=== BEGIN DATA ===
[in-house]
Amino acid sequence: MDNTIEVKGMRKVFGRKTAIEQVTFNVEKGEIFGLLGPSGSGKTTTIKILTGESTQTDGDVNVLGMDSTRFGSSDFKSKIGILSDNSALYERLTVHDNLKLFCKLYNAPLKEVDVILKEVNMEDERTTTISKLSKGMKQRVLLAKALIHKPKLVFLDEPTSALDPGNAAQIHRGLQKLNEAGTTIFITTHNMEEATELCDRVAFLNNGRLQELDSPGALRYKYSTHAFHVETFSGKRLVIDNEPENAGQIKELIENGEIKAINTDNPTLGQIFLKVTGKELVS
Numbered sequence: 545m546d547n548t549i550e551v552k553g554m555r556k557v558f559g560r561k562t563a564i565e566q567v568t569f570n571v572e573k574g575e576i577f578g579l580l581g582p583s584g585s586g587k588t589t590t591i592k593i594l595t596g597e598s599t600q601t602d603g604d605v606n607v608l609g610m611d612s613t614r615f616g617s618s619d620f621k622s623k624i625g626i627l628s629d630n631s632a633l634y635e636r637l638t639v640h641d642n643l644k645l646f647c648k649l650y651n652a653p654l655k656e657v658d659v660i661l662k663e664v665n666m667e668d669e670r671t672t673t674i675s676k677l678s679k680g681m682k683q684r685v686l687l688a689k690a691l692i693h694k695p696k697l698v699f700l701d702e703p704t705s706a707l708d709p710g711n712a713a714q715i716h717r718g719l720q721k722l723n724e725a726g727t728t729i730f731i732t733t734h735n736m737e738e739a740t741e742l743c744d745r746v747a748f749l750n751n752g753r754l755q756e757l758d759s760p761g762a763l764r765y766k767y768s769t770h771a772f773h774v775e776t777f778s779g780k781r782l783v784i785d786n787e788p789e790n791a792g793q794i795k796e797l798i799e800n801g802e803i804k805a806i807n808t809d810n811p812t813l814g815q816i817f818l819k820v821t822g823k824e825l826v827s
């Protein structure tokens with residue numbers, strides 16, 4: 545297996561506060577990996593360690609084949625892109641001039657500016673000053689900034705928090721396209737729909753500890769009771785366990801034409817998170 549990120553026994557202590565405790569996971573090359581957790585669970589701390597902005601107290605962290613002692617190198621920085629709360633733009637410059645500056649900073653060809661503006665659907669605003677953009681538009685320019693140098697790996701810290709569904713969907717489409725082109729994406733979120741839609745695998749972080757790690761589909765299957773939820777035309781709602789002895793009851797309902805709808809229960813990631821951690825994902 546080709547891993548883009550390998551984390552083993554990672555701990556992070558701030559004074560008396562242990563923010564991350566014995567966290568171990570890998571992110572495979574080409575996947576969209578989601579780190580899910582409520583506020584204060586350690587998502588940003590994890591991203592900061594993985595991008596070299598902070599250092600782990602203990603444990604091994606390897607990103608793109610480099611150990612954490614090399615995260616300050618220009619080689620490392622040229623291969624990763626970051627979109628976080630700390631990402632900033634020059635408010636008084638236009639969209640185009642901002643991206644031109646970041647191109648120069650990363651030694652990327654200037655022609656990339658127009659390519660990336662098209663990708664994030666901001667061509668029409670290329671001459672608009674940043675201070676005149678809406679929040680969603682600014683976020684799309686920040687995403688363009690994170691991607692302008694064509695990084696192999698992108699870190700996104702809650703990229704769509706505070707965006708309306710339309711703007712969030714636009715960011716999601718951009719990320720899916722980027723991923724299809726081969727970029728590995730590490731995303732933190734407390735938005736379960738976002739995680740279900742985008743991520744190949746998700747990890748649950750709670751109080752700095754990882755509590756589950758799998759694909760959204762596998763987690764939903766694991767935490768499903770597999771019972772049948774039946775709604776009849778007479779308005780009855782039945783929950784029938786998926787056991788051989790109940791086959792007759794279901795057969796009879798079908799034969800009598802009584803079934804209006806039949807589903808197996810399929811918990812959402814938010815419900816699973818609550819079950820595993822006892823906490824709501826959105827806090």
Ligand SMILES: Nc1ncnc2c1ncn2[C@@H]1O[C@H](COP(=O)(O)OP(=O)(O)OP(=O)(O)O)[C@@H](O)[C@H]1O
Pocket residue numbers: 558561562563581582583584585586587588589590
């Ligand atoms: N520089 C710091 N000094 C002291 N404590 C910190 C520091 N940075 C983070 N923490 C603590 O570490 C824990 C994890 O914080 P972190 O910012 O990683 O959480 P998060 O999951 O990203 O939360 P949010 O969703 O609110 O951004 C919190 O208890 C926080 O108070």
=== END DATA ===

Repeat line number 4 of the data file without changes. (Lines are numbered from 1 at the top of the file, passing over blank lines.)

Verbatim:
């Protein structure tokens with residue numbers, strides 16, 4: 545297996561506060577990996593360690609084949625892109641001039657500016673000053689900034705928090721396209737729909753500890769009771785366990801034409817998170 549990120553026994557202590565405790569996971573090359581957790585669970589701390597902005601107290605962290613002692617190198621920085629709360633733009637410059645500056649900073653060809661503006665659907669605003677953009681538009685320019693140098697790996701810290709569904713969907717489409725082109729994406733979120741839609745695998749972080757790690761589909765299957773939820777035309781709602789002895793009851797309902805709808809229960813990631821951690825994902 546080709547891993548883009550390998551984390552083993554990672555701990556992070558701030559004074560008396562242990563923010564991350566014995567966290568171990570890998571992110572495979574080409575996947576969209578989601579780190580899910582409520583506020584204060586350690587998502588940003590994890591991203592900061594993985595991008596070299598902070599250092600782990602203990603444990604091994606390897607990103608793109610480099611150990612954490614090399615995260616300050618220009619080689620490392622040229623291969624990763626970051627979109628976080630700390631990402632900033634020059635408010636008084638236009639969209640185009642901002643991206644031109646970041647191109648120069650990363651030694652990327654200037655022609656990339658127009659390519660990336662098209663990708664994030666901001667061509668029409670290329671001459672608009674940043675201070676005149678809406679929040680969603682600014683976020684799309686920040687995403688363009690994170691991607692302008694064509695990084696192999698992108699870190700996104702809650703990229704769509706505070707965006708309306710339309711703007712969030714636009715960011716999601718951009719990320720899916722980027723991923724299809726081969727970029728590995730590490731995303732933190734407390735938005736379960738976002739995680740279900742985008743991520744190949746998700747990890748649950750709670751109080752700095754990882755509590756589950758799998759694909760959204762596998763987690764939903766694991767935490768499903770597999771019972772049948774039946775709604776009849778007479779308005780009855782039945783929950784029938786998926787056991788051989790109940791086959792007759794279901795057969796009879798079908799034969800009598802009584803079934804209006806039949807589903808197996810399929811918990812959402814938010815419900816699973818609550819079950820595993822006892823906490824709501826959105827806090």